This week's TGIF considers a recent decision of the NSW Supreme Court which determined an application to extend the time to bring voidable transaction claims, where the potential defendants were themselves insolvent, deregistered or bankrupt and the prospect of returns from the proceedings unclear.
- The Courts often hear applications for extensions of time to
commence voidable transaction claims but never in circumstances
where the extension was sought until it was clear there was
practical utility in proceedings being filed.
- The policy underpinning Section 588FF(3) of the Corporations
Act is inconsistent with extensions being granted on that basis. It
is directed towards promoting the timely resolution of such claims
and allowing defendants to have certainty.
- Possible ways to preserve such claims include, depending on the court you are in, filing a proceeding but not serving for a period or, alternatively, filing and explaining to the Court that the proceedings have been filed to preserve a statute of limitation and the practical reasons to defer their progress.
On 16 October 2020, liquidators applied for an order that would extend the time for proceedings to be commenced under s 588FF of the Corporations Act 2001 (Cth) (the Act) for a period of three years.
Since their appointment, the liquidators had identified at least four parties against whom proceedings could be commenced in respect of alleged voidable transactions. However, three of the four were in liquidation or deregistered, with the fourth a bankrupt individual.
The evidence revealed that the proposed corporate defendants had claims available to them which could achieve recoveries which, in turn, may be available to meet the claims of the liquidators. As a consequence, the liquidators wished to avoid commencing proceedings until it was known whether there were any funds to potentially be recovered by way of litigation.
Time limitations apply to proceedings under this section of the Act so as to provide certainty to persons who had dealings with insolvent companies and to preserve the quality of justice (which may deteriorate following delay).
Matters relevant to an application include whether it is fair and just to grant an extension, having regard to the reasons for the delay and any potential prejudice a defendant might suffer. Strength of the foreshadowed claim is also relevant in the sense that exposing a party to a hopeless suit would be unfair.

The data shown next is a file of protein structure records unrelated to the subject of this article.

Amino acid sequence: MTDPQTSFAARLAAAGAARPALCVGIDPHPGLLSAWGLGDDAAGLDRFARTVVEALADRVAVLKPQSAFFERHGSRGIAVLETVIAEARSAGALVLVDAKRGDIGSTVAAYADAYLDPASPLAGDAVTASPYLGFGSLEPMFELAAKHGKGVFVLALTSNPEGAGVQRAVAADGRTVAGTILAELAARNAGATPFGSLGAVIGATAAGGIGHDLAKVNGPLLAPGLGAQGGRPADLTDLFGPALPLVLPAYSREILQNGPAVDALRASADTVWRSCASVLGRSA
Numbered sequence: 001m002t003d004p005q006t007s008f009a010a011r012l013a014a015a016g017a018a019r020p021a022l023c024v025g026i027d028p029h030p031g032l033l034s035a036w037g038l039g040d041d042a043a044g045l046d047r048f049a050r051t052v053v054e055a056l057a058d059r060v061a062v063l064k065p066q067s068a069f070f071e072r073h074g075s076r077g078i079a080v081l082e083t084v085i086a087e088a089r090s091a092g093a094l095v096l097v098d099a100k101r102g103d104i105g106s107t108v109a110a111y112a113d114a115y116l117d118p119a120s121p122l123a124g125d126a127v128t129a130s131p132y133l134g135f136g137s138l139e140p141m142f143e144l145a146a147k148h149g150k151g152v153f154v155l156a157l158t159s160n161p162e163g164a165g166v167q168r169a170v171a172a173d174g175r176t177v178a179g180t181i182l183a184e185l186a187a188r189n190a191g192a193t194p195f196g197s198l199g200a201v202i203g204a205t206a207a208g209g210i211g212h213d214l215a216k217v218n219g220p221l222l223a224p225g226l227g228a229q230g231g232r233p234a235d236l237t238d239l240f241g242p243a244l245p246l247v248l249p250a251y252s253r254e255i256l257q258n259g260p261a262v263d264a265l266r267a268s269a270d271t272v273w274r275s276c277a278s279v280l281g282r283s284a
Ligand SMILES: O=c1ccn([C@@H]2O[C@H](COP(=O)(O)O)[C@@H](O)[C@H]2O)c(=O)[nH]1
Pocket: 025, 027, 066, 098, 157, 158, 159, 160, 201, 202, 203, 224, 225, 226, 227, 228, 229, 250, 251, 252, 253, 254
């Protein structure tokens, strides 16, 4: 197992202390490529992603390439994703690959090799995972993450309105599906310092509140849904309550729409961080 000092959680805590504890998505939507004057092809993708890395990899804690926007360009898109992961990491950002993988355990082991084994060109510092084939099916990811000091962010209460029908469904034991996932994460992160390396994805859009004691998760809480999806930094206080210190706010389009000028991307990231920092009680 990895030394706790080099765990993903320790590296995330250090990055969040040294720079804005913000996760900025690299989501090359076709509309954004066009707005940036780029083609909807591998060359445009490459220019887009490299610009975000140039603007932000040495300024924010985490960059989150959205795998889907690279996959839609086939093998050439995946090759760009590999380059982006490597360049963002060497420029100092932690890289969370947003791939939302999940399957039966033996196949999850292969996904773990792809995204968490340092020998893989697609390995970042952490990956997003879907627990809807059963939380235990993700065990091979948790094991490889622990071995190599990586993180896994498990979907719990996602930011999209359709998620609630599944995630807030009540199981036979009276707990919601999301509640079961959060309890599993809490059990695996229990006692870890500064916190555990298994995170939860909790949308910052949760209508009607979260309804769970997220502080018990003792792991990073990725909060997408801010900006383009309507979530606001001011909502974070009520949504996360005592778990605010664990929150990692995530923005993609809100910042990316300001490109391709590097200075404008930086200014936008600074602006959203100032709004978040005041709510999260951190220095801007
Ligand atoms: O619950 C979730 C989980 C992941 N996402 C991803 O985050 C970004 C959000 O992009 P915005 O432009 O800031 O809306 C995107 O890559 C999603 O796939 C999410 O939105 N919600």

Counsel for the liquidators argued there was little prejudice as the potential defendants were insolvent and their solicitors had indicated the application was not opposed. It was further contended the claim was a strong one of significant value, at least if the defendants had capacity to meet judgment.
While Justice Black acknowledged the 'commercial logic' of the liquidators' analysis, his Honour concluded the extension of time which was sought (that is, a period of three years) could not be properly granted under Section 588FF(3). That was because the policy underpinning the section was to promote the timely resolution of voidable transaction claims rather than allowing them to be deferred until commercially viable to run.
However, a shorter extension of three months was granted to allow sufficient time for the liquidators to consider alternative methods by which their claims could be preserved, such as filing and not serving proceedings, or filing and serving proceedings and 'frankly explaining' to the Corporations List judge why they may wish delay their progress. His Honour observed that, while each case would be assessed on its merits, this approach would allow the claim to be adjourned, with the limitation period preserved and the parties not exposed to incurring unnecessary costs.
Applications for extensions of time under Section 588FF(3) are not unusual however neither Counsel nor the Court could identify a case which involved a similar issue. This decision provides useful guidance on both the scope of the section and possible methods of preserving voidable transaction claims where returns are uncertain and the expiry of a limitation period is imminent.
The content of this article is intended to provide a general guide to the subject matter. Specialist advice should be sought about your specific circumstances.
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